Thursday, 12 April 2012

The Armenian genocide, implications for today’s Turkey



Above is another good documentary from Al Jazeera, this time on the Armenian genocide – Grandma’s Tattoos –  made by Suzanne Khardalian, who ventures to understand the causes of her grandmother’s difficult personality – who she recalls as a cold, bitter woman, a ‘living corpse’– and in so doing is confronted by the revolting ordeal endured by Christians, particularly Christian women, as Turks took the opportunity of a collapsing Ottoman empire to implement their very own Final Solution. 

It’s worth stressing that the question of the Armenian genocide is not just a matter of historical accuracy. I strongly maintain that the mentality that encouraged Turks (and Kurds) to dehumanise and attempt to exterminate Armenians, Greeks and Assyrians in Anatolia continues to exist in Turkey. We know this not only because of the wealth tax (varlik vergisi) and forced labour camps of the 1930s and 1940s; the Constantinople pogrom in 1955; the ethnic cleansing of Imvros and Tenedos; and the Turkish invasion and occupation of Cyprus; but because Turkey refuses to broach these issues honestly, make amends or criticise itself over these outrages. Indeed, what is the denial of the Armenian genocide if not a continuation of that very same genocide? Genocide is not just about the physical extermination of a people, it’s an attempt to wipe out its history and collective memory – which is, of course, what Turkey – today’s Turkey – is attempting to do by lying about the events of 1915.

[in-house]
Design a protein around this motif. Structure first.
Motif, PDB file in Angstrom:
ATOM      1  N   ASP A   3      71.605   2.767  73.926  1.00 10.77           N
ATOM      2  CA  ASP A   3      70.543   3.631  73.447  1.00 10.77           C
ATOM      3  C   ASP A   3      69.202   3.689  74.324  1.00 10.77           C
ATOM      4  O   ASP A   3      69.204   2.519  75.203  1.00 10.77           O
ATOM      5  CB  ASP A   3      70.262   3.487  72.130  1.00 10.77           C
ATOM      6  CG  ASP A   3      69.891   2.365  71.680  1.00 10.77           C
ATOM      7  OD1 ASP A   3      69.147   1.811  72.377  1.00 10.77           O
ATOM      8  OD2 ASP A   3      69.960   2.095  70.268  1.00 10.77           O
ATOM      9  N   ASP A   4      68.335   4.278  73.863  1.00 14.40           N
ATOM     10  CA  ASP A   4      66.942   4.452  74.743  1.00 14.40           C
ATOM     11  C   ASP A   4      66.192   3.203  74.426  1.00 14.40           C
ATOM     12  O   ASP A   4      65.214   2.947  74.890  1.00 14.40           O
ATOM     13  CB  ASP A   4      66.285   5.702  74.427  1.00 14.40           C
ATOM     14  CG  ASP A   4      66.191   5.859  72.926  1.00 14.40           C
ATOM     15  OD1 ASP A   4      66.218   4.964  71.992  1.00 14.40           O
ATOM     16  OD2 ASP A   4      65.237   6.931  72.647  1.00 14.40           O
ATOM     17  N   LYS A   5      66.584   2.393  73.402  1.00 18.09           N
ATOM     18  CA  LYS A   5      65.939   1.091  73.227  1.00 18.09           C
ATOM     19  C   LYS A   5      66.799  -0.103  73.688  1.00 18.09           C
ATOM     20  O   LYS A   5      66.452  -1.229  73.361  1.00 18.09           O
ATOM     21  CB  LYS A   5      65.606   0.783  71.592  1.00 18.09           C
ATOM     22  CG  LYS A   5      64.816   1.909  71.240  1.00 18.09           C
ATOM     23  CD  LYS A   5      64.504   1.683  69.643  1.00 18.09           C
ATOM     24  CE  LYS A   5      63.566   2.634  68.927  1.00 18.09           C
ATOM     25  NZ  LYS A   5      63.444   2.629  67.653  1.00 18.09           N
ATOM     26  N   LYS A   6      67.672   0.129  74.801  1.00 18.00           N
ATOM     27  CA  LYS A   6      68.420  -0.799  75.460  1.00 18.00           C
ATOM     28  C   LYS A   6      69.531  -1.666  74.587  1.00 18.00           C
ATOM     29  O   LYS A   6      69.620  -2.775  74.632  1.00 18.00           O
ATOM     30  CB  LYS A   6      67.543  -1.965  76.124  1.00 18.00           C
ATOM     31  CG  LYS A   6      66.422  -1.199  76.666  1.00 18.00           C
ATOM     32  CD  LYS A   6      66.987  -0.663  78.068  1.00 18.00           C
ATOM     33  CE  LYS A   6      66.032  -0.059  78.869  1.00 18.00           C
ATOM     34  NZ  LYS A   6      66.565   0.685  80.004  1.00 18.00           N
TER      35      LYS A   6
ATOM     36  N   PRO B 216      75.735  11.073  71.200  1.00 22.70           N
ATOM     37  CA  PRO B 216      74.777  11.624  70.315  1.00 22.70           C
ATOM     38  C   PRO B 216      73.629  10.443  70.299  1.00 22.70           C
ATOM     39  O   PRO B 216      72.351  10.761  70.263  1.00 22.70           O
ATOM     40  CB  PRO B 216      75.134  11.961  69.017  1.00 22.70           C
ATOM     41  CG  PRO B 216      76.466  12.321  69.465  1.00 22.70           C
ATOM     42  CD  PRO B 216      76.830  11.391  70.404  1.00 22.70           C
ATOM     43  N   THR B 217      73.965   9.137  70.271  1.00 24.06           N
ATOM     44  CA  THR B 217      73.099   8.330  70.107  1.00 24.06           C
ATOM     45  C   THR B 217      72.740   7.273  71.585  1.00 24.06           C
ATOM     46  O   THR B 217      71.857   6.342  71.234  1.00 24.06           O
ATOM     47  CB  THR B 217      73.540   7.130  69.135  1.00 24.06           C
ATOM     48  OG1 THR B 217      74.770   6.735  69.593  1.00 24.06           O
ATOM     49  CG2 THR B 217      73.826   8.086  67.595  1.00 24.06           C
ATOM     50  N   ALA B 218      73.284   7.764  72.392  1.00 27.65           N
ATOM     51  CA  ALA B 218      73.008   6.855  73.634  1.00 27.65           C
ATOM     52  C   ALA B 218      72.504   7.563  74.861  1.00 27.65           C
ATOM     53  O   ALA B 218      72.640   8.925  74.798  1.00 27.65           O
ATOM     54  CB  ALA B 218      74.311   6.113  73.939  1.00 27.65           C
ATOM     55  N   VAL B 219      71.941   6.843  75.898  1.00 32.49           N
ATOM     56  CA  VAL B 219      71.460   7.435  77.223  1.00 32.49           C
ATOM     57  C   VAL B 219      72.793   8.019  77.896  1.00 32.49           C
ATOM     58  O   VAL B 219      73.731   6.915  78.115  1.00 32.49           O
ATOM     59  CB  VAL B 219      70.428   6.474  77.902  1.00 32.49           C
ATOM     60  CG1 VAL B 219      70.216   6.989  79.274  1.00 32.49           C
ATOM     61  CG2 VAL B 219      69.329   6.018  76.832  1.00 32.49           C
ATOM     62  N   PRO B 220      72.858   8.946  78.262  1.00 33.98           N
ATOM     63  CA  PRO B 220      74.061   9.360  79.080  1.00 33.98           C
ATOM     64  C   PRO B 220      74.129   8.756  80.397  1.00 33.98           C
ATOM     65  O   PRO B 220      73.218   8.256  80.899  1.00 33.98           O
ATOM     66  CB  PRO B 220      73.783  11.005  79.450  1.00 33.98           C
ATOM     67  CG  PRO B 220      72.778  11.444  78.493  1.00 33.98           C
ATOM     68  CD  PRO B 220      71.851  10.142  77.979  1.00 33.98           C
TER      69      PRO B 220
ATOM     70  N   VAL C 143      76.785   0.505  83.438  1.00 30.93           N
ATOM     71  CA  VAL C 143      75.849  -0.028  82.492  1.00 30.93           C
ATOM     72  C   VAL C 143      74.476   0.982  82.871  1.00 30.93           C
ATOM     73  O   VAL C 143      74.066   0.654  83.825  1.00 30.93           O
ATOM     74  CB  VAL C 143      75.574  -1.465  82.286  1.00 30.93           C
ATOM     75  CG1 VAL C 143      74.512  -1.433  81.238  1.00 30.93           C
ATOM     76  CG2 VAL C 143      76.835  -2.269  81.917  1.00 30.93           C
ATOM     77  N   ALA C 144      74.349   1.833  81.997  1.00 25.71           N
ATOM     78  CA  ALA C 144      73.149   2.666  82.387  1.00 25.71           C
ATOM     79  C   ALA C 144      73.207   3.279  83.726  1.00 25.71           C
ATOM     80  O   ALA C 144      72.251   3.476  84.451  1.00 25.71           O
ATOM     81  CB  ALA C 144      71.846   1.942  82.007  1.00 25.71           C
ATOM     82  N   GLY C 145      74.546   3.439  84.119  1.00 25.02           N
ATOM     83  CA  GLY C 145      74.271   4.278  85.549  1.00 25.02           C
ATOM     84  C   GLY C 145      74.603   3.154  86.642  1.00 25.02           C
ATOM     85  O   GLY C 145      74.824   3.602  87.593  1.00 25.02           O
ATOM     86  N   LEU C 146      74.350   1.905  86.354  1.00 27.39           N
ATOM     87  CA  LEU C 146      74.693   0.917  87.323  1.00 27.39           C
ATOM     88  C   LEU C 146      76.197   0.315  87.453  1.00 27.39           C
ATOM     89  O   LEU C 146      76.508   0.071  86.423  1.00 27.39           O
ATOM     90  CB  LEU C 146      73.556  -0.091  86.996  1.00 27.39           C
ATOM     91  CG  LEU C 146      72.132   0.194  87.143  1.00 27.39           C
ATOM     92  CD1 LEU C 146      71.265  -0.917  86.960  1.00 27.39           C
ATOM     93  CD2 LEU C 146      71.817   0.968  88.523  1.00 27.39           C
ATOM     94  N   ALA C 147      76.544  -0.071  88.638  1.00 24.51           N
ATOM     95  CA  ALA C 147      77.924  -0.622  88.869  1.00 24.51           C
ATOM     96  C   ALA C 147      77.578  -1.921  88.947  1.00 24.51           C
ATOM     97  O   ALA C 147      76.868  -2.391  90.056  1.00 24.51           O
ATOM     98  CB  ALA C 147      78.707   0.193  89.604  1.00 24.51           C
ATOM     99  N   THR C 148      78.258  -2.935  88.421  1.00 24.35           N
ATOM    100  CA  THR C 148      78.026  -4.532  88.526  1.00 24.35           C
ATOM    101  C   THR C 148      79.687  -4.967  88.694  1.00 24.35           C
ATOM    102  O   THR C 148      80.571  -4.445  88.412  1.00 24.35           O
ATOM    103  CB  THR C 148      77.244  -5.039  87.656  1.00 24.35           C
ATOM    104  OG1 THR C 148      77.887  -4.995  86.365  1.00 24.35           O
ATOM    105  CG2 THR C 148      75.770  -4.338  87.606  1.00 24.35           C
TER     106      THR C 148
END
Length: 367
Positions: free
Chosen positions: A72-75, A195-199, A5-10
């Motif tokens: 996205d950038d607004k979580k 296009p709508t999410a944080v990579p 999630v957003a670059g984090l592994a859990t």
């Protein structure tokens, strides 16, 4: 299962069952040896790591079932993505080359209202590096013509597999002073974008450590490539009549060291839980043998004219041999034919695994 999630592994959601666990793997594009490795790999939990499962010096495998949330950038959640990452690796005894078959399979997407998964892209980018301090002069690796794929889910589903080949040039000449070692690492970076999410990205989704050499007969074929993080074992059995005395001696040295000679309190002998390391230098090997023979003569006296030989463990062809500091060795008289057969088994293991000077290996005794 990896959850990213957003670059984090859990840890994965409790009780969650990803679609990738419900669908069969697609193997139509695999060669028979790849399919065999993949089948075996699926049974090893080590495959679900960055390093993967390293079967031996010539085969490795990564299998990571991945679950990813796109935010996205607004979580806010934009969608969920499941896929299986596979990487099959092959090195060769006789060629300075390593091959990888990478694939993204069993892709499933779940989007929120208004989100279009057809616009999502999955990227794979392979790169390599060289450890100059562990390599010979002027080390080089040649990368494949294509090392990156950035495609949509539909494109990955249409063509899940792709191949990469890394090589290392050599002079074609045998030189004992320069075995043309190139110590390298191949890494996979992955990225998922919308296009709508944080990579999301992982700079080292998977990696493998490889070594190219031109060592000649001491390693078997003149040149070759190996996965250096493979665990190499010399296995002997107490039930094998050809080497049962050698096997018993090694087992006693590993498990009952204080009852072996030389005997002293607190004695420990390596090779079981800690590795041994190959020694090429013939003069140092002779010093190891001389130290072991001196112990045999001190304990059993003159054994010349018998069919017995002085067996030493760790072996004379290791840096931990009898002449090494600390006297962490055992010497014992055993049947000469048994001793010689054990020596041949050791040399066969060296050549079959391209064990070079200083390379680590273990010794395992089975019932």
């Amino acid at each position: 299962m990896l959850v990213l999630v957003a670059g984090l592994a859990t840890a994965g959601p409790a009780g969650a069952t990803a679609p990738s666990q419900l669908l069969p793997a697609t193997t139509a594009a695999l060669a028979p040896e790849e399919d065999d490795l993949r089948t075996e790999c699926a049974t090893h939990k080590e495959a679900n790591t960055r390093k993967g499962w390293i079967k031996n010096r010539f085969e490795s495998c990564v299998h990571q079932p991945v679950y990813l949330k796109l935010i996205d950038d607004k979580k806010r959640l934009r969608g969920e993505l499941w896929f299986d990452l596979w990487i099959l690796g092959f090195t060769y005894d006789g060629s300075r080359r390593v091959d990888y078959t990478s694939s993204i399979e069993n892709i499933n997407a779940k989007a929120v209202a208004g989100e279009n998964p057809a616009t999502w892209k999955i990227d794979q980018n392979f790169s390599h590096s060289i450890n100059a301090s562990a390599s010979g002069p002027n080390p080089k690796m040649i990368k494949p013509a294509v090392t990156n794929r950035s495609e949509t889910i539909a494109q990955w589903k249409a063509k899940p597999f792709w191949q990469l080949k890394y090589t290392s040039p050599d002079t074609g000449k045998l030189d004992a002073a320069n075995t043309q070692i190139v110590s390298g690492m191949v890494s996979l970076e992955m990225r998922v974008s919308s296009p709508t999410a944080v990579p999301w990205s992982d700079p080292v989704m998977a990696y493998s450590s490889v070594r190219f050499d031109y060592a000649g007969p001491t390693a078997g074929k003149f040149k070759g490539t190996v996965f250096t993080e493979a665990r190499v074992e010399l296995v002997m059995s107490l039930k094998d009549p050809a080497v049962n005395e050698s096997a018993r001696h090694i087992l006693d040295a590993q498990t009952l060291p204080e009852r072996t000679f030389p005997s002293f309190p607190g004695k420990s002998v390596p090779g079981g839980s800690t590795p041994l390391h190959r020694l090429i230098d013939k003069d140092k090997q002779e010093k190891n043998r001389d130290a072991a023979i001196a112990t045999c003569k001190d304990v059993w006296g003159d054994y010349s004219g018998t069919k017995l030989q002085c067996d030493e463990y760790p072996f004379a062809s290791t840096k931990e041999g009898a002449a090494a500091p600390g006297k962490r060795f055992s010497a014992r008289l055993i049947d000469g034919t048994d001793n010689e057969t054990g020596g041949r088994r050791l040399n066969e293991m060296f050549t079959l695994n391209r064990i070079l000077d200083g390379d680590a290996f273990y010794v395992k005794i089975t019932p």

Essentially, what I’m saying is this – and this is a guiding principle of this blog – is that Turkey is a fascist country – the so-called liberalisation and democratisation of the last decade is a hoax – and that Greece and Cyprus need to accept this truth and develop suitable policies in response.